Update: The three children and the non-custodial mother have been located in Cordova and are safe.
Alaska State Troopers report that three children were taken from a foster care home in Seward on Tuesday. Slate Erickson, age 4, Jedidiah “Fox” Erickson, age 7, and Pepper Erickson, age 9 were taken from the foster care home by a woman claiming to be sent to pick up the children by the Office of Children Services, according to a press release from the agency.
Troopers say the woman provided a name that the foster parents recognized as someone who they anticipated may be taking possession of the children. The foster parents had never met the woman.
In an online release, troopers say they were asked to do a welfare check on the children Tuesday evening. The children were not at the foster home at the time and troopers learned a woman appeared at the foster home where the children were staying on Monday at approximately 11:30 p.m. The foster parents allowed the children to leave with the female.
On Wednesday, troopers made the determination that the children had been “wrongfully removed” from the foster parents.
During the investigation troopers showed the foster parents a photo of the person the individual claimed to be, and the foster parents indicated that it was not the person who picked up the children.
Troopers also determined that the children’s mother, 40-year-old Melissa Salgado, who is a resident of Seward is also missing. A spokesperson for the troopers said the foster parents indicated that Salgado was not the woman who picked up the children.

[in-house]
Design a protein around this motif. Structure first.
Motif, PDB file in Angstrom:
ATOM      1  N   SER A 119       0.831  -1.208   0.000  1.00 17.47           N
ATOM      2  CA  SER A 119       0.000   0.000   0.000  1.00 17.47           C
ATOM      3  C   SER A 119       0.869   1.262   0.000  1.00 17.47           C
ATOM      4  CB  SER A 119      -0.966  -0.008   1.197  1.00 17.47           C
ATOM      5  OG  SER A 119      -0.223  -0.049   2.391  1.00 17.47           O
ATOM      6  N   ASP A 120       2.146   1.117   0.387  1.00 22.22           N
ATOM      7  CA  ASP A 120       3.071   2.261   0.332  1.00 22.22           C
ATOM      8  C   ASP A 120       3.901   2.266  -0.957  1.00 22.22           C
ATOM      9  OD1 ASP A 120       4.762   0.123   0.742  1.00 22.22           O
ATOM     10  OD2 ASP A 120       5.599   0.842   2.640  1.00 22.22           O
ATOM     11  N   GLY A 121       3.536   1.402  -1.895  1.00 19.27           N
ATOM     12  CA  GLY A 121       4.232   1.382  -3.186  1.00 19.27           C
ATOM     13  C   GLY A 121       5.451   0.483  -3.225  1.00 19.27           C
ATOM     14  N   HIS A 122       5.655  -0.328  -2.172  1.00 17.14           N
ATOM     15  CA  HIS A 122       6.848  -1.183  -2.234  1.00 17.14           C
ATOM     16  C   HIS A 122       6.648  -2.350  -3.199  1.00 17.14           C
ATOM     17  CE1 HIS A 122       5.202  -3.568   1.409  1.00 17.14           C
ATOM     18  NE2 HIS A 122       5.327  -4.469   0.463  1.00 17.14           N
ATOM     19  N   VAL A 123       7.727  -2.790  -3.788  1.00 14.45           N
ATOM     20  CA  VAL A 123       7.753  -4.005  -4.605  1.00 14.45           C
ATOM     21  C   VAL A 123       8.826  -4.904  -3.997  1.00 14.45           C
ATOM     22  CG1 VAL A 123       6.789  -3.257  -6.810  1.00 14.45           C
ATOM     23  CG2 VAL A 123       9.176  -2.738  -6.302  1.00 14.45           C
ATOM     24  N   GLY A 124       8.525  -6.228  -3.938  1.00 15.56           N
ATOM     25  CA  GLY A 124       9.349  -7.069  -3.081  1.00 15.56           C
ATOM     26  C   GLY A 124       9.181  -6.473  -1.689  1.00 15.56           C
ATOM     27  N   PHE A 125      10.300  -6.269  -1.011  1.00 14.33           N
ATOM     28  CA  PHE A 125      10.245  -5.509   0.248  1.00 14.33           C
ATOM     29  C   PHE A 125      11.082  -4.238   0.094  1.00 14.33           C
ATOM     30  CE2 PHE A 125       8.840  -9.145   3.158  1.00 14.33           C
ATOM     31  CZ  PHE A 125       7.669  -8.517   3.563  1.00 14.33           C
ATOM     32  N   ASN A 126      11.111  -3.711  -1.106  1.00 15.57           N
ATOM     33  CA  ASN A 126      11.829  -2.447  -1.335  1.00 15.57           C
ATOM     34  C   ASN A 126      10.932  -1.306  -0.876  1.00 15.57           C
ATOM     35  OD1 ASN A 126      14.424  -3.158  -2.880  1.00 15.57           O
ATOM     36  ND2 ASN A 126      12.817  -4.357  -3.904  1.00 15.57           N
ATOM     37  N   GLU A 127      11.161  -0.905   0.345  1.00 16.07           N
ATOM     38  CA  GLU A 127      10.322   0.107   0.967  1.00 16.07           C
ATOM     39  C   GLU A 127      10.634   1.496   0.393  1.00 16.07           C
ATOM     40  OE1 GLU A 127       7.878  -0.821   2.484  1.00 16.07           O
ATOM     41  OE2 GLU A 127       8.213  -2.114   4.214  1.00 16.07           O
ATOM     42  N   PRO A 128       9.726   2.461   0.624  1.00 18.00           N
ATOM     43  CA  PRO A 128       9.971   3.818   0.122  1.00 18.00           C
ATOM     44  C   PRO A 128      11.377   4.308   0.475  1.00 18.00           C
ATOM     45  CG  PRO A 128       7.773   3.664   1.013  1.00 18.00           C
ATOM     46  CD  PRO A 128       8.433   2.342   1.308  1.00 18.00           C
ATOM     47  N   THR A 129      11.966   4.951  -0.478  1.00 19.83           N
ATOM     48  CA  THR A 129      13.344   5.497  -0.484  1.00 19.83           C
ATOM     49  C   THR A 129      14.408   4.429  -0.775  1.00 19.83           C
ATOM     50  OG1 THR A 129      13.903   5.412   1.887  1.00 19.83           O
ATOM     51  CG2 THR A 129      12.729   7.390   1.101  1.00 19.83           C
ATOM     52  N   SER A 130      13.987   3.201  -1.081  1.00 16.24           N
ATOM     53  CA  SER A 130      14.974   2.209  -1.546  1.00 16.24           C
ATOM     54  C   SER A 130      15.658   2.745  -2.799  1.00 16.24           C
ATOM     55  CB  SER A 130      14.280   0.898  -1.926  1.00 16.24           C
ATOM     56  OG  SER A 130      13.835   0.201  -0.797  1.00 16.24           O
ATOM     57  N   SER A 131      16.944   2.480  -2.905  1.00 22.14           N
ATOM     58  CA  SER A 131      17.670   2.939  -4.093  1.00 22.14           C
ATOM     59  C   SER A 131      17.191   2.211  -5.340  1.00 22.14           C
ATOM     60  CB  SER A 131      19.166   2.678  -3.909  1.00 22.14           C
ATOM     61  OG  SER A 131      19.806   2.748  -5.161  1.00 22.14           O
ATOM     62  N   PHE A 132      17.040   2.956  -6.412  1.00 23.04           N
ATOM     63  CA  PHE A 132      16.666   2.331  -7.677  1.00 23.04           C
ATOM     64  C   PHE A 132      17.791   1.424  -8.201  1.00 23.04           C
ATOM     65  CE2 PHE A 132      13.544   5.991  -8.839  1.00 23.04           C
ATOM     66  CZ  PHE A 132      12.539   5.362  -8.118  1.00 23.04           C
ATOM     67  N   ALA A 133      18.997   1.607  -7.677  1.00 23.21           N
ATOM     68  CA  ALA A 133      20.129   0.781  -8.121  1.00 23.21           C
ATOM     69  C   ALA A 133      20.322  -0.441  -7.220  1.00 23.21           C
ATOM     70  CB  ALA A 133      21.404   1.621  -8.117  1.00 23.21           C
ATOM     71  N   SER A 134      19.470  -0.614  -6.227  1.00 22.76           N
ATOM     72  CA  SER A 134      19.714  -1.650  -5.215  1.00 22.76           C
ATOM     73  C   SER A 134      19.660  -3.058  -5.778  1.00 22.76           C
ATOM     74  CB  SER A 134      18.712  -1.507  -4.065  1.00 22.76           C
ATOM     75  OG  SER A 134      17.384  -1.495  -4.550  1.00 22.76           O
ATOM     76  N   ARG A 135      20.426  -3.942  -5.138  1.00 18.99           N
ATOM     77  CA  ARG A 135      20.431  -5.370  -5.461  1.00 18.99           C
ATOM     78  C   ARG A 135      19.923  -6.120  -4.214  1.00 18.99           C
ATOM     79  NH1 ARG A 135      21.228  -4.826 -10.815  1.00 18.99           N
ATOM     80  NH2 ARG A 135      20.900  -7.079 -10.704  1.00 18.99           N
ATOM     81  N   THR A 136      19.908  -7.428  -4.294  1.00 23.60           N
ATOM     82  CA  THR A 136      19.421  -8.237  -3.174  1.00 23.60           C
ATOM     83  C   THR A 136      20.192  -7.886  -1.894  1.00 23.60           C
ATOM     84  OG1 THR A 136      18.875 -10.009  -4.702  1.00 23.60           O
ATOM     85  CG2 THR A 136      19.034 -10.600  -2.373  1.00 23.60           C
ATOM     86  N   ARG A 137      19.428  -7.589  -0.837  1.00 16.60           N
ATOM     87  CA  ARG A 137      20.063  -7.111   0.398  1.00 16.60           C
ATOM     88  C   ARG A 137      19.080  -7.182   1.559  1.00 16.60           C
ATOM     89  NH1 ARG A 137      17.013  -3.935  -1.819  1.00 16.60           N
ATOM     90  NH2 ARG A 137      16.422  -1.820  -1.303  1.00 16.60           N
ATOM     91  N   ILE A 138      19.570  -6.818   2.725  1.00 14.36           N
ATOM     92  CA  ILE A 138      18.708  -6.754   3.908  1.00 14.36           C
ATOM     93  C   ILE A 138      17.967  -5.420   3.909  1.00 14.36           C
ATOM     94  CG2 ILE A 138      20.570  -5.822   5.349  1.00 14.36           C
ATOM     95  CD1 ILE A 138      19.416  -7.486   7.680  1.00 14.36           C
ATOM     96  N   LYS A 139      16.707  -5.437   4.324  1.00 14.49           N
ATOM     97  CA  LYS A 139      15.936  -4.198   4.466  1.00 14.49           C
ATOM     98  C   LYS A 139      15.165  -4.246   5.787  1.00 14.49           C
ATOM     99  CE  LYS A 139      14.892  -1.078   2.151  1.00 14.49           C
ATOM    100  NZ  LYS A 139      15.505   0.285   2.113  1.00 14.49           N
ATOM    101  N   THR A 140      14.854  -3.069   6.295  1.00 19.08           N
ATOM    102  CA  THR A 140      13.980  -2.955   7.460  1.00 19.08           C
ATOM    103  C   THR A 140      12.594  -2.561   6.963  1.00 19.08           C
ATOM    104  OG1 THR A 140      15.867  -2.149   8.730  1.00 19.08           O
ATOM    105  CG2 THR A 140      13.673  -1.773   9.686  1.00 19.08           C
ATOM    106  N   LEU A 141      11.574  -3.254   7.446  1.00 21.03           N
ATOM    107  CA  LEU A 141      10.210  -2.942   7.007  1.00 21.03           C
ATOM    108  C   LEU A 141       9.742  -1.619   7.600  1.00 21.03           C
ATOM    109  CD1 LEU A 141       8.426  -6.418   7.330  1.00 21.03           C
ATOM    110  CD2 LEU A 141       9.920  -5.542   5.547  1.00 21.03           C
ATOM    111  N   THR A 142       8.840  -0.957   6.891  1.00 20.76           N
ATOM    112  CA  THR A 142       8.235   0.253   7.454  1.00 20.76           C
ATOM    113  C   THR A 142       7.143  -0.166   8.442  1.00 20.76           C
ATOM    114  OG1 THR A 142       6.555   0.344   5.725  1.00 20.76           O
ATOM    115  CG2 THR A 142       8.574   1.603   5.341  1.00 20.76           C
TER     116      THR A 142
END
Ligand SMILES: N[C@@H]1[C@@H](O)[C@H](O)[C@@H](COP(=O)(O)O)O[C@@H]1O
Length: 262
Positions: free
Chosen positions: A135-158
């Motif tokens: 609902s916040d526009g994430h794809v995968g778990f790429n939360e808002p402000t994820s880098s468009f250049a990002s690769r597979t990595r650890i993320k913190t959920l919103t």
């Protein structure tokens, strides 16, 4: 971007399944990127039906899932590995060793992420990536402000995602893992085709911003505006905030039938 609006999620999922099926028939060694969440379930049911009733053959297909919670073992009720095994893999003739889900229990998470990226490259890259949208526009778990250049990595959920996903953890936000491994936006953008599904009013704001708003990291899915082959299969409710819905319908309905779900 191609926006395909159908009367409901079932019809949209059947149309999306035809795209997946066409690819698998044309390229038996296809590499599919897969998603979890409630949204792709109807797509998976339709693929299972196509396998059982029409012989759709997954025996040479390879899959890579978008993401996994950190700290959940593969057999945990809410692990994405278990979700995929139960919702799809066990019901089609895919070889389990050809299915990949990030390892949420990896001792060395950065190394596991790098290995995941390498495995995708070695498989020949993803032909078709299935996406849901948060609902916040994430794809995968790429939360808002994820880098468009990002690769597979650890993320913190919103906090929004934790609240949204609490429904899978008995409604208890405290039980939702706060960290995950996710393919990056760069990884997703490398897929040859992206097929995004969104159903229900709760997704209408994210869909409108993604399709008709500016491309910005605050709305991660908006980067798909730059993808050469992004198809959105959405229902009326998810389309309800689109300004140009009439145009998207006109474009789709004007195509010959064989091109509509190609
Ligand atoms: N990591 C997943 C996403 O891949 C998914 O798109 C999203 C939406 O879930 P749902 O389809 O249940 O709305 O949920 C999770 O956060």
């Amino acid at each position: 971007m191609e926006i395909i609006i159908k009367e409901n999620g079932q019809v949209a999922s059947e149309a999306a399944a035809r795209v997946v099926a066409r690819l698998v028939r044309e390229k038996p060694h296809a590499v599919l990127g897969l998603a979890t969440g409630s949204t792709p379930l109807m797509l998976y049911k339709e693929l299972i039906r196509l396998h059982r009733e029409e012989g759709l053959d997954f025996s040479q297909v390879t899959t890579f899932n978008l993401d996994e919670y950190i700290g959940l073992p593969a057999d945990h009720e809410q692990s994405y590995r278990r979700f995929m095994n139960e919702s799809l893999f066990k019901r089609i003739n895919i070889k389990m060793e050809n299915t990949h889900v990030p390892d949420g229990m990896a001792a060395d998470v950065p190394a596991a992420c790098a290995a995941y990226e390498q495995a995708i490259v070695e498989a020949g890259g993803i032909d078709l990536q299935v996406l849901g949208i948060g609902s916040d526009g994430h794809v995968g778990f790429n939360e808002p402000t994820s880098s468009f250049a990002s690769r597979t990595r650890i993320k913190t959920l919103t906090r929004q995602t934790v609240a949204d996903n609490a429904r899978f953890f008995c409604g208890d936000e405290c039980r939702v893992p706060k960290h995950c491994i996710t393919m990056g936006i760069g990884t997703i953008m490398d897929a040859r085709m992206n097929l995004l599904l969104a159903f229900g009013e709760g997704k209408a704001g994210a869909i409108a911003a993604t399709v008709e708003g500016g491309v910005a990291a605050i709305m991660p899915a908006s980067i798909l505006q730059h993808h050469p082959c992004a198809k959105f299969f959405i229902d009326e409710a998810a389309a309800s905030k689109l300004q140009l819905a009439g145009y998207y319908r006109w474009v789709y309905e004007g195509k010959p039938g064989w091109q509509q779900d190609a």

In a missing persons poster released, troopers say the children may be with Salgado, who is a non-custodial parent.
The children are believed to be somewhere on the road system. Anyone with any information regarding the location of Salgado or the Erickson children are asked to contact the Alaska State Troopers in Soldotna at (907) 262-4453 or contact 911 if you see the children or Salgado.
An Amber alert has not been issued for the missing children because the case does not meet the criteria for issuing an alert said Megan Peters with the public information office for the troopers.
“Amber alerts have very specific criteria,” she said.
According to the guidelines for Amber alerts, the child must be “at risk for serious bodily harm or death.”
When asked about the time passing between the determination that the children were missing and notification to the public, Peters said there were “investigative processes” that had to be completed.